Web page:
Great technology for positioning: unlike BLE or WiFi or LoRa or ZigBee, UWB is designed for positioning. It is a very good and recommended solution for industrial applications. It provides confident sub-meter accuracy of positioning (line of sight). Typical – 10-30cm (with line of sight).
Use BLE/WiFi and similar RSSI-based solutions with an app in your phone for less demanding applications like finding a gate in the airport or finding a masterpiece in a museum or buying a milk in a mall. But for real industrial applications BLE is simply not precise enough by the physics of the underlying technology – RSSI – even with the help of angle of arrival/transmission.
UWB technology basics: there are a few dozens of notable suppliers of UWB-based solutions worldwide. See our List: https://marvelmind.com/list. Several of them provided simple UWB technology description. You may check them first, for example:
We focus more on practical aspects of implementation of UWB (or any other precise indoor positioning system), because the devil is in the details.
We have discussed this subject multiple of times already and have to keep going:
Precise indoor positioning systems need line of sight
UWB can be pretty confusing from this perspective, because it kind of promise a possibility of non-line of sight tracking. No, it can’t. But why some people say that it can?…
Let’s clearly agree on the terms first. What is line of sight? – it means line of sight for radio waves in GHz band (3-10GHz) where UWB operates. Which means in practice that when you test an UWB system in a fancy office with radio transparent walls (glass, wood, even thin bricks, etc.) everything works very well. But then everything becomes pretty messy in a real warehouse or a factory.
Why this happen? – because you have a non-line of sight situation: thick concrete walls, metal shelves, palettes. UWB signal doesn’t propagate, scatters, delayed without control. It is the major problem.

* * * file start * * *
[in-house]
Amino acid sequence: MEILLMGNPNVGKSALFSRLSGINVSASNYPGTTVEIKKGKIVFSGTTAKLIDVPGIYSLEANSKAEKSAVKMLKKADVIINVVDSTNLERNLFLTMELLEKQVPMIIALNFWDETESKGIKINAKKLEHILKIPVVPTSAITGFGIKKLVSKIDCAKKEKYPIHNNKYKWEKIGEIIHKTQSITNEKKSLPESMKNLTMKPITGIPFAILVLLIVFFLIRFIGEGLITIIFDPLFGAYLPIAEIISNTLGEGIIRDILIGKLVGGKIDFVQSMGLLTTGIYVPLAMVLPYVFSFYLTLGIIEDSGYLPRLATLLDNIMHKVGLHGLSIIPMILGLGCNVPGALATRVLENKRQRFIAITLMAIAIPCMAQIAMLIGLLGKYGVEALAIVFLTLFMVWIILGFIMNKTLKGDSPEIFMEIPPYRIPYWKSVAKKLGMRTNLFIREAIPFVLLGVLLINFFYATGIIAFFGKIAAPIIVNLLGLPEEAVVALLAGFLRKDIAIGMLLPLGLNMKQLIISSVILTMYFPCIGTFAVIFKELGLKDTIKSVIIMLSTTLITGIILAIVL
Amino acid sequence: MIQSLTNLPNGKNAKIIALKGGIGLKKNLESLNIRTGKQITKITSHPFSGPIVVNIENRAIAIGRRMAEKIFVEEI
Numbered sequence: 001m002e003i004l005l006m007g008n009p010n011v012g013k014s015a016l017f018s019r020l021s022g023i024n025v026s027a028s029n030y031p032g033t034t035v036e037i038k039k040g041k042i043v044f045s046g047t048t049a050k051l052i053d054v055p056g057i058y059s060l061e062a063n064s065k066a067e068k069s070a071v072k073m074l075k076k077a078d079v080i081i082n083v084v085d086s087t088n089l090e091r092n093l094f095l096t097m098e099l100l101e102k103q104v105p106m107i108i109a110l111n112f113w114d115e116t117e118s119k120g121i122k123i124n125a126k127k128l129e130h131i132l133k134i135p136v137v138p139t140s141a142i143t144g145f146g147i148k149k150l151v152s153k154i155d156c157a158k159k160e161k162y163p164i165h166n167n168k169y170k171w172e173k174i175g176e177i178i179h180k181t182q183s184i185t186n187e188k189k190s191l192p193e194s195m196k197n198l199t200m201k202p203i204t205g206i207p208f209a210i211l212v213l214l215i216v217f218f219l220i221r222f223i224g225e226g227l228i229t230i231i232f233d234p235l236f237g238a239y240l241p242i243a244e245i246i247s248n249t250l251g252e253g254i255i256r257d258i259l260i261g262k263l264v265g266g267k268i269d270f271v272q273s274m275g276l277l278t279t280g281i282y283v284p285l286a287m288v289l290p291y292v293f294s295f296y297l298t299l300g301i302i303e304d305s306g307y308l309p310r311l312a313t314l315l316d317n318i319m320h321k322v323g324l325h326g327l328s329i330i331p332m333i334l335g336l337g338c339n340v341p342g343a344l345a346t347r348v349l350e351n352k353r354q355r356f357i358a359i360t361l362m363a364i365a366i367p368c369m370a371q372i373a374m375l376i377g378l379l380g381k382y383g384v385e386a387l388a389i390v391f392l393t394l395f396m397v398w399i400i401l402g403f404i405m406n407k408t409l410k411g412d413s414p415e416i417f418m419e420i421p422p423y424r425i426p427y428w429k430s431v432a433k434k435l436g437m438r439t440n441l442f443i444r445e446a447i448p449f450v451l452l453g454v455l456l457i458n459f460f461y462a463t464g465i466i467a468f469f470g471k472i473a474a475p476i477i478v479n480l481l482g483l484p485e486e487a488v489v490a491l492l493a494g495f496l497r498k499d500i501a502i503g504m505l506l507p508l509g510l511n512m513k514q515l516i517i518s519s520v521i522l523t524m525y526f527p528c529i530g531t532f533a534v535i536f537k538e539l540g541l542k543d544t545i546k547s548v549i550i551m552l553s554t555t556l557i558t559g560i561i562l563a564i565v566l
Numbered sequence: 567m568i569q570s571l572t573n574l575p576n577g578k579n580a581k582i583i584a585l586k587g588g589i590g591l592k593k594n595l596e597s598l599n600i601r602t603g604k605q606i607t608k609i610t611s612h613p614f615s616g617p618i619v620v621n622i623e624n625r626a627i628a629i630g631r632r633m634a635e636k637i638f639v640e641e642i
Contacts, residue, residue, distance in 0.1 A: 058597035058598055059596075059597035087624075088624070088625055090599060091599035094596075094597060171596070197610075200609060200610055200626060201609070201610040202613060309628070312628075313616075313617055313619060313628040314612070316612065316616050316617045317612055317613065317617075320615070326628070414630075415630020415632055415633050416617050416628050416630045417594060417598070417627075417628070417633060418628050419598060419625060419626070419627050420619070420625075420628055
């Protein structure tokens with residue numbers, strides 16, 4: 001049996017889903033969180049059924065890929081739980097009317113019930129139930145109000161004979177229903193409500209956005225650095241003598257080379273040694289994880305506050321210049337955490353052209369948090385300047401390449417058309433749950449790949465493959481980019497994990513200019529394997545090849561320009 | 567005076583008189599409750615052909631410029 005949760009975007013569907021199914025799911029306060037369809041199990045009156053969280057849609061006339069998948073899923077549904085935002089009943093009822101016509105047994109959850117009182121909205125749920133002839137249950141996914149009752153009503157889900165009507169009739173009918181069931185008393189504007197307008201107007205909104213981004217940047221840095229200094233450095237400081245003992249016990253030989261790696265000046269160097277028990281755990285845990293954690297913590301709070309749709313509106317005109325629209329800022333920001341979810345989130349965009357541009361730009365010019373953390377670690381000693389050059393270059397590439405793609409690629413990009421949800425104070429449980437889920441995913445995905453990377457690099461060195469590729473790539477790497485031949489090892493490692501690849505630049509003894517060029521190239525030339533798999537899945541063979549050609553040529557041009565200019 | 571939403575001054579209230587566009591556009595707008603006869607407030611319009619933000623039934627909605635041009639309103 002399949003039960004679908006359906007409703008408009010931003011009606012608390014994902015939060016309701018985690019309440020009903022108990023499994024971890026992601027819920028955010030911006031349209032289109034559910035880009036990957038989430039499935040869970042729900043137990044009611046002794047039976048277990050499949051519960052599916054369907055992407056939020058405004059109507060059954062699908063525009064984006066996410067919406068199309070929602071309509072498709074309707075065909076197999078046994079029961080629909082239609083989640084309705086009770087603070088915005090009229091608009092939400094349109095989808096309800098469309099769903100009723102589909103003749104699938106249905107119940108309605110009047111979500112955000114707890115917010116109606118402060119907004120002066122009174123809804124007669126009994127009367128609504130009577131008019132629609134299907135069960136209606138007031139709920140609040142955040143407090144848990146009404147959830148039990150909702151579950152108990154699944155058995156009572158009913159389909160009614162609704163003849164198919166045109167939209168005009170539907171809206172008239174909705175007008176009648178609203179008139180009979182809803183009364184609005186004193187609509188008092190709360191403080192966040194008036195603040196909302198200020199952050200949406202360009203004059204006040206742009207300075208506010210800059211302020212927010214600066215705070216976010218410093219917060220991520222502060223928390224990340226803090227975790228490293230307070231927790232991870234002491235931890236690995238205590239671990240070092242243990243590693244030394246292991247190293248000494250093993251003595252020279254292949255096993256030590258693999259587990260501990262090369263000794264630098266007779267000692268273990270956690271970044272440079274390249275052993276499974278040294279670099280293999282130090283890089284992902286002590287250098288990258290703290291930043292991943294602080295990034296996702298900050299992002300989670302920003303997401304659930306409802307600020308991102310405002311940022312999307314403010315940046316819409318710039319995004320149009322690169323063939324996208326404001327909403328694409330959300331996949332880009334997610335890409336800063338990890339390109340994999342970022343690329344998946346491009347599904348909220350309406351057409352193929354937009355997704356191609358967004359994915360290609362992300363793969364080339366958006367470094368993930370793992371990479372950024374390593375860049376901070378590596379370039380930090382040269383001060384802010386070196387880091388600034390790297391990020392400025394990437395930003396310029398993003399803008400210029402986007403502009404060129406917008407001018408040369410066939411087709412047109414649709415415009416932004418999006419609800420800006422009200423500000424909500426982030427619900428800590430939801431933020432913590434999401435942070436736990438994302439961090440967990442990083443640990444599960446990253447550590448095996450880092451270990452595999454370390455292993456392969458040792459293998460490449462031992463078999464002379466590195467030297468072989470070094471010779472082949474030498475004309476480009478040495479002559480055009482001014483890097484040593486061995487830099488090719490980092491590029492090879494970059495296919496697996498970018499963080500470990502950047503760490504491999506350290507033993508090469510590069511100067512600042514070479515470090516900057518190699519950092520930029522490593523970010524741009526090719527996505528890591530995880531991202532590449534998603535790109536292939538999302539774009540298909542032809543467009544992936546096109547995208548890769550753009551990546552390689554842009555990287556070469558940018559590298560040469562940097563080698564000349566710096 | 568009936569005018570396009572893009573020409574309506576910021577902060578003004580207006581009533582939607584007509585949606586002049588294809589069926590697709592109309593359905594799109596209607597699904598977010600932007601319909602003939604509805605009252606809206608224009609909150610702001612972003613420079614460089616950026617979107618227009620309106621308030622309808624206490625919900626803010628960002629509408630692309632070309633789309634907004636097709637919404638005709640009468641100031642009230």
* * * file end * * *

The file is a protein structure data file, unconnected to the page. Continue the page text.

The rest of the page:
Solution – design and build systems with line of sight requirement in mind. Line of sight between what and what? – between stationary beacons (anchors) when you build the map of beacons and line of sight between stationary beacons tracking the mobile beacons (tags).
Even your own body can block the UWB signal and distract tracking. It is not a blocking when the signal can’t come through completely – usually, no. But it is a serious distraction for the system that must be understood and taken in account.
UWB is a time-of-flight based system, i.e. there is an underlying assumption that propagation speed (speed of light) is know. It is true, when the UWB radio wave propagates through the air – nearly the same speed as in vacuum. But that is absolutely not the case, when the UWB propagates through your body not to mention through a concrete wall. Speed of radio in those materials are not known and the excessive delay is not taken into account by the indoor positioning system anyhow. As a result – an uncontrollable error in tracking down to a complete loss of tracking and jumps.
Solution – install mobile beacons (tag) so that the UWB radio waves would experience minimal chances to through your body. Therefore, install mobile beacons (tags):
There are two major elements of the system you have to power:
Often, UWB manufacturers claim 1 year, 3 years, 5 years or even 7 years “battery lifetime”. The correct questions are: